Superhero Spandex

"The Pharisee, standing by himself, was praying thus, 'God, I thank you that I am not like other people: thieves, rogues, adulterers, or even like this tax collector."

Luke 18:9-14

October 21, 2016, Words By: Justin Mootz, Image By: unknown

Superhero movies are all the rage recently. I’m sure there are a variety of reasons why…such as an affinity for spandex.

A more likely reason might be the attraction of a clear-cut good guy/bad guy dichotomy. In our world of gray, there’s nothing more satisfying than the clarity of Captain America. When he’s around, we know who to cheer…he is the “good guy.”

“Good guys” are righteous…and not just in 80’s California slang. In biblical Hebrew, the word “righteous” (tsaddiq) means “straight”…like a properly shot arrow that doesn’t deviate to the right or the left. Straight shots hit the bullseye.

On the surface, this story looks like a classic good guy/bad guy dichotomy. Right off the bat, we’re introduced to a Pharisee. This group of leaders often gets a bad shake in the New Testament. Historians don’t know a lot about them, relatively speaking, but we are aware that in many ways they were role models for a covenant lifestyle. They were committed to God.

In our story today, we run across one such Pharisee. He pays his tithes and participates in the important spiritual activities of the community. He’s a “good guy.” And I’m not being sarcastic. It’s easy to dismiss him as prideful, but we miss the point if we do so. In every measurable way, he was the “good guy” in the story…and the people of his day would have recognized it. His activities were righteous and benefited the community.

His counterpart on the other hand, the tax collector, was not a “good guy.” In all likelihood he was a hired hand of the empire. He probably bought tax-collecting contracts from the Romans, and charged people extra for his own gain. It’s safe to bet his behavior most adversely affected the vulnerable in his community. He wasn’t a “good guy” by any exterior measure. We do ourselves a disservice if we try to romanticize him.

The traditional reading of this text is pretty straightforward. The Pharisee was prideful and didn’t recognize his brokenness; he was blind to the immensity of his need for God. The tax collector, on the contrary, cried out for mercy; his brokenness was painfully evident to himself and all around. His confession of brokenness and need paved the way for God to declare him “justified.” What’s more, this story fits snugly into the theme of chapter eighteen. In almost every story, our concept of good person/bad person is flipped on its head. Somehow, in God’s economy, the openly broken are drawn near to God.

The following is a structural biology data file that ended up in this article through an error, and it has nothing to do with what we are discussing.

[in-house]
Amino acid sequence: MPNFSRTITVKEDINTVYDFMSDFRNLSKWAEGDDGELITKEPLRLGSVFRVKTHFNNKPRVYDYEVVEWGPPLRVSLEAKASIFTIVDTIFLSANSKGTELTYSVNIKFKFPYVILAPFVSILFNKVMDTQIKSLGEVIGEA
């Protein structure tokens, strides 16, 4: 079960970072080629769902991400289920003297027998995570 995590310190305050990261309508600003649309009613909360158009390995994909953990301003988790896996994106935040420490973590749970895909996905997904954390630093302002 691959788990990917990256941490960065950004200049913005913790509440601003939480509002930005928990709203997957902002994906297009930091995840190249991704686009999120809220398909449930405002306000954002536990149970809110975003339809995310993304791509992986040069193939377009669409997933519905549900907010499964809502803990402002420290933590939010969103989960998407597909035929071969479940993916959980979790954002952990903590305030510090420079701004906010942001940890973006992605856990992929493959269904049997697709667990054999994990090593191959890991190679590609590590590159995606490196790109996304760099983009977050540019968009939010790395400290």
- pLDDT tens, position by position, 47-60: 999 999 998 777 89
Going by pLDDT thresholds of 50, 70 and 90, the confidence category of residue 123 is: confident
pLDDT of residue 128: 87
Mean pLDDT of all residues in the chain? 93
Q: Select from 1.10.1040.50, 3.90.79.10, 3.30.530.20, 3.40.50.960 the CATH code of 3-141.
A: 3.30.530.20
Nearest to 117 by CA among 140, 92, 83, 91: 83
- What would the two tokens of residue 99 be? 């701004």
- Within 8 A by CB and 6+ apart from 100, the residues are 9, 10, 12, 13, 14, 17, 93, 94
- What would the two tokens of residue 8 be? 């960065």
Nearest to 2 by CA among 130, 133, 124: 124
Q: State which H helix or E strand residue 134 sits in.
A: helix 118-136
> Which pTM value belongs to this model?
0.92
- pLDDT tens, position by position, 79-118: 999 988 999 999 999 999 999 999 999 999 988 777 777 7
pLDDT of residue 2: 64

But if we stop at this traditional reading, we risk falling into the same trap as the Pharisee. We walk away from the story with an upside-down version of good guy/bad guy. And it’s exactly the act of creating and imposing moral categories-good guy/bad guy-that led to the problem in the first place.

Notice the posture of the Pharisee in the story. His failure to openly embrace his brokenness not only leads to a diving distancing, but puts him in rivalry with the tax collector (his neighbor) as well; the bulk of his prayer is spent judging his neighbor on moral grounds. His categories of good guy/bad guy place him in a “holy” competition with everyone around him, and become an obstacle to human and divine relationships.

The tax collector’s posture, on the other hand, is open. He never points the finger at his neighbor. The act of owning his brokenness strips rivalry of its power. There is no good guy/bad guy in his scenario; there is just a holy honesty that occurs at the foot of the cross. There is no competition. There is nothing to lose by being openly honest. The result is clear: the door to real relationships, both vertical and horizontal, opens wide. He is free to love and be loved. He is liberated from the slavery of good guy/bad guy categories.

“I tell you, this man went down to his home justified…” N.T. Wright calls these the most “comforting words in the Gospel.” May God grant all of us the mercy to lay bare our brokenness, to find comfort in a creator who can deal with it, and enjoy the liberation of the real relationships that follow.

Justin Mootz
Interim Director of Communications
Street Psalms

About The Author

Justin Mootz